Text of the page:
Real-time fMRI-based brain-computer interfacing for neurofeedback therapy and compensation of lost motor functions

Anna Zilverstand, Rainer Goebel, Bettina Sorger

Research output: Contribution to journalReview articlepeer-review

21 Scopus citations


Real-time functional MRI (rt-fMRI) allows for brain-computer interfaces based on hemodynamic brain signals and opens up various novel clinical applications. For example, rt-fMRI-based neurofeedback has been suggested as a novel tool for the treatment of neurological and psychopathological disorders. In contrast to conventional offline applications, neurofeedback requires the analysis of functional MRI signals online in order to provide participants with information about their brain activation during an ongoing MRI scan. Recent research supports the idea that an improvement of symptoms of diseases can be achieved if patients are trained with rt-fMRI-based neurofeedback to change their brain activation patterns. rt-fMRI also enables online 'brain-reading' applications that can be exploited to develop alternative communication and control devices for patients with severe motor impairments (e.g., 'locked-in patients). Although other methods, especially electroencephalography-based brain-computer interfacing, have been successfully used in this context, rt-fMRI-based methods may enable robust communication and control in cases where traditional approaches do not provide satisfactory results.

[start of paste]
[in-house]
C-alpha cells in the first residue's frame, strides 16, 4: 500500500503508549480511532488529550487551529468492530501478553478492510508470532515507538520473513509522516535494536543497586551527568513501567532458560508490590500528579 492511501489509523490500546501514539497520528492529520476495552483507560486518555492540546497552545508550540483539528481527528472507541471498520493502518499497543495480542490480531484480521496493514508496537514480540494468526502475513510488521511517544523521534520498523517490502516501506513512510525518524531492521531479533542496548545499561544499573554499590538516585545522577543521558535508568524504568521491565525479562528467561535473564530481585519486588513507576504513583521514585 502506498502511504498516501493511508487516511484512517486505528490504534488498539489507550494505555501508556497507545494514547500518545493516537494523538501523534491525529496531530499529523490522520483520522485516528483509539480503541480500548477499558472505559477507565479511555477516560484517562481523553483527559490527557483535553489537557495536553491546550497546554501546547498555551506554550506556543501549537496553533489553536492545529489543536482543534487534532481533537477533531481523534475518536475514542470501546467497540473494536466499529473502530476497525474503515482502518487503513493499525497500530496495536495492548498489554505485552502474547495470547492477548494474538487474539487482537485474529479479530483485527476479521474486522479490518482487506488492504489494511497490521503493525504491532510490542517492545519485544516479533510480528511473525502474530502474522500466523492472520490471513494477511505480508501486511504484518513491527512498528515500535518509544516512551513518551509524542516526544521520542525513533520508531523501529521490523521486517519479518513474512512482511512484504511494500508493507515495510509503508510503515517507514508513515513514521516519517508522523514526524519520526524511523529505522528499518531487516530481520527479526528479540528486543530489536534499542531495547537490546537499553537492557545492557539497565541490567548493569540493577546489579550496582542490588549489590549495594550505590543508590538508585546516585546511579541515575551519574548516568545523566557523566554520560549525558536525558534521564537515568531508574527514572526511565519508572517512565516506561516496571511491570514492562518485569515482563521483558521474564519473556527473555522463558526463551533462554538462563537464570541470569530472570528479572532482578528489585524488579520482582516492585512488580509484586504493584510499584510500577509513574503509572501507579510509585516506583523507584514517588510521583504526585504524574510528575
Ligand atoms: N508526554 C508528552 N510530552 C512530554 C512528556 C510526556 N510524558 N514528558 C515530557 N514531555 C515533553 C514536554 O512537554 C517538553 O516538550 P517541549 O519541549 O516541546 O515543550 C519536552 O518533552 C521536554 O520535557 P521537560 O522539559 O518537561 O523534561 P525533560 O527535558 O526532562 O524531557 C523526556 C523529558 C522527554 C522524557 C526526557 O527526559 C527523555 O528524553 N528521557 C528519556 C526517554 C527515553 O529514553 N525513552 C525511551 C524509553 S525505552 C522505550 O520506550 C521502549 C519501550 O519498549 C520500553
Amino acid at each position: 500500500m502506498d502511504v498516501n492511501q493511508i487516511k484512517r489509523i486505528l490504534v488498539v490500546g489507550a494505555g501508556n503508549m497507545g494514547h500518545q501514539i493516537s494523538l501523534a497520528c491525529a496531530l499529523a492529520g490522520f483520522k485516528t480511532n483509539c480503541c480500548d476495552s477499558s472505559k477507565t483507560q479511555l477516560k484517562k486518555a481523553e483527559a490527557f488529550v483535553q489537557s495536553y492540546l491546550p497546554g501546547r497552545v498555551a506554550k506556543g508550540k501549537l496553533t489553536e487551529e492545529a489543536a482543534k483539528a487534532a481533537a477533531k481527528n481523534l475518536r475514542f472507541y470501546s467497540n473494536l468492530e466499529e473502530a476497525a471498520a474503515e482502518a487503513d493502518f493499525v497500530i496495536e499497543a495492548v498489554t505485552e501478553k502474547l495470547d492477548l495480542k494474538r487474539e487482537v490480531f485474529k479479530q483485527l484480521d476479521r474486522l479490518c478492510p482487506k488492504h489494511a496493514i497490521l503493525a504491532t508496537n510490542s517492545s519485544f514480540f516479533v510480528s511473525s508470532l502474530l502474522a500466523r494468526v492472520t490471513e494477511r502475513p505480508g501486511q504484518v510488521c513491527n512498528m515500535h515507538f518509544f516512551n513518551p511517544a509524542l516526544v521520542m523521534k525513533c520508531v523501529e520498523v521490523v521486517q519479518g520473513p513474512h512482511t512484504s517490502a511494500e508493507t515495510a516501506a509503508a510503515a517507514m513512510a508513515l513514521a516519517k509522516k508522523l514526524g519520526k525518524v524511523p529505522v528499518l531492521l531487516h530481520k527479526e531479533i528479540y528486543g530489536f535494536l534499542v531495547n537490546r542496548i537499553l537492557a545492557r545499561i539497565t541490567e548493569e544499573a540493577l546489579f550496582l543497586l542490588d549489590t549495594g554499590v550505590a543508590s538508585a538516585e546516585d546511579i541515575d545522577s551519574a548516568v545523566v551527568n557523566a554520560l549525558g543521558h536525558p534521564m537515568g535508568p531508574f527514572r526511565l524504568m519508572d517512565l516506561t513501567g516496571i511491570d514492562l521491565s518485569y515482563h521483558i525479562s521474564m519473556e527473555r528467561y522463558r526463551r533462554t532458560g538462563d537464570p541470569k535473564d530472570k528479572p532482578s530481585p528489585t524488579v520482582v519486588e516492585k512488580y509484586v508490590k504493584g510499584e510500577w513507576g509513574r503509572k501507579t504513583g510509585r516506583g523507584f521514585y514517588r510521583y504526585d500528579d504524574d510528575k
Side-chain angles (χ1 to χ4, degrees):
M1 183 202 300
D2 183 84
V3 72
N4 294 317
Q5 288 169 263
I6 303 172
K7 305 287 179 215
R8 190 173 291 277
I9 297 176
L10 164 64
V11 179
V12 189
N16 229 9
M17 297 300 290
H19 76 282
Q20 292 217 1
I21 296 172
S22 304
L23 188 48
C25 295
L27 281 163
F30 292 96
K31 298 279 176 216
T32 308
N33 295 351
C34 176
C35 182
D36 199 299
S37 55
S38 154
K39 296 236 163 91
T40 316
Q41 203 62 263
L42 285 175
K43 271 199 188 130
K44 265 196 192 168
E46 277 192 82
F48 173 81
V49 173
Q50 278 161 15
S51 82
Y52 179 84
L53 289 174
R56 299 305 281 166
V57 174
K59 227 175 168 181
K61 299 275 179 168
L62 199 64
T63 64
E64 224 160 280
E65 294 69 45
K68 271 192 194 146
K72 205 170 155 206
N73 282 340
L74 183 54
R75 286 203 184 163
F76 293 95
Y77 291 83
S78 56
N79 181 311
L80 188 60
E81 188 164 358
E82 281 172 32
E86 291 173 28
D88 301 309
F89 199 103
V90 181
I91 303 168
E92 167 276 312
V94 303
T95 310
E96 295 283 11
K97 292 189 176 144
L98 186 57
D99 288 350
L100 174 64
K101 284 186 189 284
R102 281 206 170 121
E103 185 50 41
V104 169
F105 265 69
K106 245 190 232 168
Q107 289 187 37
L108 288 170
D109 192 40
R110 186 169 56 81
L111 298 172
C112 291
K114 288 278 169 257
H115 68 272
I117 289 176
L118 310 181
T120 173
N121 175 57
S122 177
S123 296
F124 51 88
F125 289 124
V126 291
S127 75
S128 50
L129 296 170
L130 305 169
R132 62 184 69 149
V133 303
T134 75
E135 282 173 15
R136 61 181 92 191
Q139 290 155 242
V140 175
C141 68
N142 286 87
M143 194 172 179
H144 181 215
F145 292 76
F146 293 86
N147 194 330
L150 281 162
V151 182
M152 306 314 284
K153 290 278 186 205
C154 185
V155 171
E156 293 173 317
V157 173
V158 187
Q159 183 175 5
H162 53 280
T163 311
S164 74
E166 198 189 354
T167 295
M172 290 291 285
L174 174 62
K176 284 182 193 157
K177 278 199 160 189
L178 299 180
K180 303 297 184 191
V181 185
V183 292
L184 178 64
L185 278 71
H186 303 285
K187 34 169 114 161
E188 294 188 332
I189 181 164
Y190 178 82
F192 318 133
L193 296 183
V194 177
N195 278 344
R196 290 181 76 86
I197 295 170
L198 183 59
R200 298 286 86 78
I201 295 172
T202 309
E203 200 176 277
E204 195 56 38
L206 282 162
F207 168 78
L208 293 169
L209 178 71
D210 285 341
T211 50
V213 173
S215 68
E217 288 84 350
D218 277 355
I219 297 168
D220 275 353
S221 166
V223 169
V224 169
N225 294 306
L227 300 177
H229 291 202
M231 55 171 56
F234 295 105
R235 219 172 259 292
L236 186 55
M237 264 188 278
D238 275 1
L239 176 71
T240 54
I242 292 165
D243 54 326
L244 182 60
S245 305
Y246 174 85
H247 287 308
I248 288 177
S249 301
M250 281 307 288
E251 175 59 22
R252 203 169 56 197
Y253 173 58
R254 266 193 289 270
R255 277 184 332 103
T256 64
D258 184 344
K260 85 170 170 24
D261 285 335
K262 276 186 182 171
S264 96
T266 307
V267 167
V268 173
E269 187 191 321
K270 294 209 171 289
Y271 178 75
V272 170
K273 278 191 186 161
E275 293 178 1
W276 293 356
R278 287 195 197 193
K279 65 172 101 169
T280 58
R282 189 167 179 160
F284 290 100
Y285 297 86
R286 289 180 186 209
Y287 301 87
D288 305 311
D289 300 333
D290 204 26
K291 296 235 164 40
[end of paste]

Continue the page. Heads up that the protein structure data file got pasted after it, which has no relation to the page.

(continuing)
Original languageEnglish (US)
Pages (from-to)407-415
Number of pages9
JournalImaging in Medicine
Issue number4
StatePublished - Aug 1 2010


  • braincomputer interface
  • clinical neuroscience
  • communication
  • consciousness
  • device control
  • locked-in syndrome
  • motor disability
  • neurofeedback
  • real-time functional MRI
  • self-modulation
  • self-regulation


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